In this video, American Military University's Dr. Michael Pittaro explains why transformational leadership and emotional intelligence go hand in hand in the field of corrections.
By Leischen Stelter
Even for the majority of officers who are trying to do their job in a professional manner, finding themselves being recorded can be unnerving. This is what officers should and shouldn't do if a member of the public is recording their actions.
Unmanned aerial systems (UAS), more commonly known as drones, are increasingly popular devices used by citizens and law enforcement agencies alike. However, the regulations about operating drones remain undefined by the court system and the FAA. Police agencies around the country are evaluating and adopting new policies about how they operate drones as well as how they interact with citizens using such devices. Read about a recent court decision involving a man using a drone to record an active accident scene. What are the impacts of this ruling on police agencies?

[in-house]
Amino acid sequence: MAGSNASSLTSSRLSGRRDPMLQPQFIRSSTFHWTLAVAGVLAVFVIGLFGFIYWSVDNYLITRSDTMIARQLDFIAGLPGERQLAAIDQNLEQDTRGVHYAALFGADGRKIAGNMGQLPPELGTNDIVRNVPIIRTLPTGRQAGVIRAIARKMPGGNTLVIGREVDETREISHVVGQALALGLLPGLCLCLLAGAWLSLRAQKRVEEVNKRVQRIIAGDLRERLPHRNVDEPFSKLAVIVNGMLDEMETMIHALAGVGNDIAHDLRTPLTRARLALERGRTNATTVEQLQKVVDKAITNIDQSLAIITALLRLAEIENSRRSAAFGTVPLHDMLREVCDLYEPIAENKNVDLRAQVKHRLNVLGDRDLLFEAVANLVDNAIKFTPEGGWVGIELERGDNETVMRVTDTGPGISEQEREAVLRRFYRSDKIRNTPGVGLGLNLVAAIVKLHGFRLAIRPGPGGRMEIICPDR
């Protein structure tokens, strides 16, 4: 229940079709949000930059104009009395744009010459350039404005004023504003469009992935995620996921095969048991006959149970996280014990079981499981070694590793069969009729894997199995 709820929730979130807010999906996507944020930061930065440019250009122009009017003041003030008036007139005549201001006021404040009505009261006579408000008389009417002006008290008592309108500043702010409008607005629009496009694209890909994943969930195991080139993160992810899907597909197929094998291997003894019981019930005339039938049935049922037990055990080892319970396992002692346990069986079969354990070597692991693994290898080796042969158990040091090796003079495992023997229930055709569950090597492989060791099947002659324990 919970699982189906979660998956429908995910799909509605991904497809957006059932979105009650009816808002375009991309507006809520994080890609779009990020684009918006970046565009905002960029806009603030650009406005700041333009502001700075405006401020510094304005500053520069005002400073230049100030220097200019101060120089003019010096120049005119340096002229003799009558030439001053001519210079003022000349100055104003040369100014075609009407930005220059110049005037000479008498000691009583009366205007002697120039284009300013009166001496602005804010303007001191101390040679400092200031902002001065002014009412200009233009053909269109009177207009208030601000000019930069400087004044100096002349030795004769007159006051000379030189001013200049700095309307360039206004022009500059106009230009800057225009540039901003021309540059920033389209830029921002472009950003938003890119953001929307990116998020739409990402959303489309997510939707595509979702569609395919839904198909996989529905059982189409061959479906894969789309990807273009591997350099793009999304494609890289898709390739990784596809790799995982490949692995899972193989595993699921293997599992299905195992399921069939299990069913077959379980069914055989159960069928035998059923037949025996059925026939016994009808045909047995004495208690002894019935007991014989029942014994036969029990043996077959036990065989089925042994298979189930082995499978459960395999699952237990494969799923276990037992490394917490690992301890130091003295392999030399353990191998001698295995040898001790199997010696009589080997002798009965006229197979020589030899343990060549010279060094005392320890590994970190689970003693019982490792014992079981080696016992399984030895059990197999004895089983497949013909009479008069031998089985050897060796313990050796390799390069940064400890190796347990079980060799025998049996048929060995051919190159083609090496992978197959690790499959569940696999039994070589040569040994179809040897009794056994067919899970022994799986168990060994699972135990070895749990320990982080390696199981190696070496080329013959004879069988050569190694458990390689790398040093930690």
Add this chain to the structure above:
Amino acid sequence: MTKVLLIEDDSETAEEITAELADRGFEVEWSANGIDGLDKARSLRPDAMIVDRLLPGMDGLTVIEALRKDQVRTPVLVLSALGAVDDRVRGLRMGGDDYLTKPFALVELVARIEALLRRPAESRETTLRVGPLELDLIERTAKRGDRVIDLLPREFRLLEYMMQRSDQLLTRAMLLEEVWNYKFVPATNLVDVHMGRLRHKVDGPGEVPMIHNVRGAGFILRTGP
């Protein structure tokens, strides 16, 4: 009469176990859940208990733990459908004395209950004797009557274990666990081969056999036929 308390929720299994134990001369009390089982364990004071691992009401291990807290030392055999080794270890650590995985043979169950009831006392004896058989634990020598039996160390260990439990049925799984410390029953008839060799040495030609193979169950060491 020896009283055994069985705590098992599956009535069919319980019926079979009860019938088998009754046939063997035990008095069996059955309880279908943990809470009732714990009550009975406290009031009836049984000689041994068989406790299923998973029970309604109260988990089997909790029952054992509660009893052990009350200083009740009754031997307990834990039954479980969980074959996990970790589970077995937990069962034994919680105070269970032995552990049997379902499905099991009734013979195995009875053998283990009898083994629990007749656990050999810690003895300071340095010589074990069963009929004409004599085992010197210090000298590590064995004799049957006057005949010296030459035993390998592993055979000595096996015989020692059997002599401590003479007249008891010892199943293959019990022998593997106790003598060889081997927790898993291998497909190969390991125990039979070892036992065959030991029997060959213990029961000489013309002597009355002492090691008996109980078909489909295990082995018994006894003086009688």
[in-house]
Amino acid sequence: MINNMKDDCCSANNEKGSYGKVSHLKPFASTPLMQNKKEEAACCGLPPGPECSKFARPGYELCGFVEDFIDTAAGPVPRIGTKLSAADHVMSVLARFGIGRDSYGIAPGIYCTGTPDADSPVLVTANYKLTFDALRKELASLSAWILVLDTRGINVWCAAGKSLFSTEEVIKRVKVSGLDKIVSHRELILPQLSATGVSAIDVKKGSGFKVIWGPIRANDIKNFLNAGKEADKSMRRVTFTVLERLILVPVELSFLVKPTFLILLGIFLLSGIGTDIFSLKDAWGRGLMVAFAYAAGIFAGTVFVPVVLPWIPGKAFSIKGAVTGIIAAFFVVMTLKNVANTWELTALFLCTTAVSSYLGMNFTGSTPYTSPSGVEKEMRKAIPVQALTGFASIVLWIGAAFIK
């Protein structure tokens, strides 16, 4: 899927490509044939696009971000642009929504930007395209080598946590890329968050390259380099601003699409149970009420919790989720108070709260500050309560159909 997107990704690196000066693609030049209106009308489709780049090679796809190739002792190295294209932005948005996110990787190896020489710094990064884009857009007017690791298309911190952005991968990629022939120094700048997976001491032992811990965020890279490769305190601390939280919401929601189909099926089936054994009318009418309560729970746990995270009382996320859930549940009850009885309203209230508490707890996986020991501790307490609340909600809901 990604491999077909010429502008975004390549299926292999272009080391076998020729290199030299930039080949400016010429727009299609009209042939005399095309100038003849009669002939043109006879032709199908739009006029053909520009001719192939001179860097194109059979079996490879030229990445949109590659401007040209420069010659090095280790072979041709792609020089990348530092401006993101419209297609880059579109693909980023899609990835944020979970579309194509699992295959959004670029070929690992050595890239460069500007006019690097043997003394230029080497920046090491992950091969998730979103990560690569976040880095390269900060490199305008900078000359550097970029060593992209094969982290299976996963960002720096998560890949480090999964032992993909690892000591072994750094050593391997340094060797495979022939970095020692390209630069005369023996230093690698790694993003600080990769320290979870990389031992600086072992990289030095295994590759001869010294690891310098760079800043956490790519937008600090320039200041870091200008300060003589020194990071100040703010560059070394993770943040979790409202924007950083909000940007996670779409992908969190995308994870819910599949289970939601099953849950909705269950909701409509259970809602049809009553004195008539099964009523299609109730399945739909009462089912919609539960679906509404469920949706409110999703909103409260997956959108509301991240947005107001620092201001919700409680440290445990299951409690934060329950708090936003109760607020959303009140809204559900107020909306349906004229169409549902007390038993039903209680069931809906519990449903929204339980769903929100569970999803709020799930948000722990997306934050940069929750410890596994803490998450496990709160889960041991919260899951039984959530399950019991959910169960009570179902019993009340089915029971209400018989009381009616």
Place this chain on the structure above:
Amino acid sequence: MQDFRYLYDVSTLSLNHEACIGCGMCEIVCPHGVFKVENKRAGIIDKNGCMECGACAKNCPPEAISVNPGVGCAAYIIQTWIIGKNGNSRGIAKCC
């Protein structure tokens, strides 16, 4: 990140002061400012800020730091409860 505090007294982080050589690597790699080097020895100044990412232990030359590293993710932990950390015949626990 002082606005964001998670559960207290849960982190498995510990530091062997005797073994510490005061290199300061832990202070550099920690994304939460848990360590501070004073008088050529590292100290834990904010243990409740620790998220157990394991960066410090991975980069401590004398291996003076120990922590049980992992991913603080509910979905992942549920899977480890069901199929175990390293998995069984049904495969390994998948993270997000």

In an effort to capture evidence about specific incidents involving police officers, more and more agencies across the country are considering the implementation and feasibility of department-issued body cameras. However, law enforcement officers—as well as the general public—have voiced concerns about the utilization of body-worn cameras.